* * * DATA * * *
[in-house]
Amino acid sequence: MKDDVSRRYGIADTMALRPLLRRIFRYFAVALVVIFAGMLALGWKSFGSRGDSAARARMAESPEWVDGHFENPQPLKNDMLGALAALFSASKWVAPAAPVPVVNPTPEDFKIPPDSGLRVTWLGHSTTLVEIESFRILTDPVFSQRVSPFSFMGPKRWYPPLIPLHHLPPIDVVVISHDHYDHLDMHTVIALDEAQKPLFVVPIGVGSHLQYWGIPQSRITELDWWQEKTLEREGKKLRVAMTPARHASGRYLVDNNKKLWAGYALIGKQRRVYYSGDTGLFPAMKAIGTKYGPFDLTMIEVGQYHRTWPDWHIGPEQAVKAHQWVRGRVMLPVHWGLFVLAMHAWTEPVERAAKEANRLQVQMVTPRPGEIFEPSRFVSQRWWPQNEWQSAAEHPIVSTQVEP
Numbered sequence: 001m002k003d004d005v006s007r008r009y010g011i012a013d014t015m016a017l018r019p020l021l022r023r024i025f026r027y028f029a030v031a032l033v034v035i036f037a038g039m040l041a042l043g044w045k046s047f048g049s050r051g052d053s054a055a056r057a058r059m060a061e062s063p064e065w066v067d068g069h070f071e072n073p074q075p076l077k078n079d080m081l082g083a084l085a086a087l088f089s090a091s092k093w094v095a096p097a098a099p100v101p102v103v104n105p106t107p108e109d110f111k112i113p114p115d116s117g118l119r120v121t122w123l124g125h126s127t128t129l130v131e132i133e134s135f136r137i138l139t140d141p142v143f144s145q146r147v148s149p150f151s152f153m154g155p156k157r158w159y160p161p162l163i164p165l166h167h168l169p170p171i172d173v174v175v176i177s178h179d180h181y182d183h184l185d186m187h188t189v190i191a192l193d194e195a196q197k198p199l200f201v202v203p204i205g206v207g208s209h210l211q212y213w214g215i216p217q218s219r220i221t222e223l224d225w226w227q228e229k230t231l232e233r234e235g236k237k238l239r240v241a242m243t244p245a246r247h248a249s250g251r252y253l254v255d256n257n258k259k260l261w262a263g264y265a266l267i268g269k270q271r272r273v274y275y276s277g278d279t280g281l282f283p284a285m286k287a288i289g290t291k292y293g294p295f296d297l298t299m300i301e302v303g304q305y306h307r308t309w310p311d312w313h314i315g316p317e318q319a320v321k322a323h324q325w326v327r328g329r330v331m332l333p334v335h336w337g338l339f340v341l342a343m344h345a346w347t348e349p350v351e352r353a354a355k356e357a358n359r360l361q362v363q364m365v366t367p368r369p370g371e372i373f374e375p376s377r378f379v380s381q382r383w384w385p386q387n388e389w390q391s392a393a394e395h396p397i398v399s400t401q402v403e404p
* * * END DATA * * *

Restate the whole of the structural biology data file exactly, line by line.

[in-house]
Amino acid sequence: MKDDVSRRYGIADTMALRPLLRRIFRYFAVALVVIFAGMLALGWKSFGSRGDSAARARMAESPEWVDGHFENPQPLKNDMLGALAALFSASKWVAPAAPVPVVNPTPEDFKIPPDSGLRVTWLGHSTTLVEIESFRILTDPVFSQRVSPFSFMGPKRWYPPLIPLHHLPPIDVVVISHDHYDHLDMHTVIALDEAQKPLFVVPIGVGSHLQYWGIPQSRITELDWWQEKTLEREGKKLRVAMTPARHASGRYLVDNNKKLWAGYALIGKQRRVYYSGDTGLFPAMKAIGTKYGPFDLTMIEVGQYHRTWPDWHIGPEQAVKAHQWVRGRVMLPVHWGLFVLAMHAWTEPVERAAKEANRLQVQMVTPRPGEIFEPSRFVSQRWWPQNEWQSAAEHPIVSTQVEP
Numbered sequence: 001m002k003d004d005v006s007r008r009y010g011i012a013d014t015m016a017l018r019p020l021l022r023r024i025f026r027y028f029a030v031a032l033v034v035i036f037a038g039m040l041a042l043g044w045k046s047f048g049s050r051g052d053s054a055a056r057a058r059m060a061e062s063p064e065w066v067d068g069h070f071e072n073p074q075p076l077k078n079d080m081l082g083a084l085a086a087l088f089s090a091s092k093w094v095a096p097a098a099p100v101p102v103v104n105p106t107p108e109d110f111k112i113p114p115d116s117g118l119r120v121t122w123l124g125h126s127t128t129l130v131e132i133e134s135f136r137i138l139t140d141p142v143f144s145q146r147v148s149p150f151s152f153m154g155p156k157r158w159y160p161p162l163i164p165l166h167h168l169p170p171i172d173v174v175v176i177s178h179d180h181y182d183h184l185d186m187h188t189v190i191a192l193d194e195a196q197k198p199l200f201v202v203p204i205g206v207g208s209h210l211q212y213w214g215i216p217q218s219r220i221t222e223l224d225w226w227q228e229k230t231l232e233r234e235g236k237k238l239r240v241a242m243t244p245a246r247h248a249s250g251r252y253l254v255d256n257n258k259k260l261w262a263g264y265a266l267i268g269k270q271r272r273v274y275y276s277g278d279t280g281l282f283p284a285m286k287a288i289g290t291k292y293g294p295f296d297l298t299m300i301e302v303g304q305y306h307r308t309w310p311d312w313h314i315g316p317e318q319a320v321k322a323h324q325w326v327r328g329r330v331m332l333p334v335h336w337g338l339f340v341l342a343m344h345a346w347t348e349p350v351e352r353a354a355k356e357a358n359r360l361q362v363q364m365v366t367p368r369p370g371e372i373f374e375p376s377r378f379v380s381q382r383w384w385p386q387n388e389w390q391s392a393a394e395h396p397i398v399s400t401q402v403e404p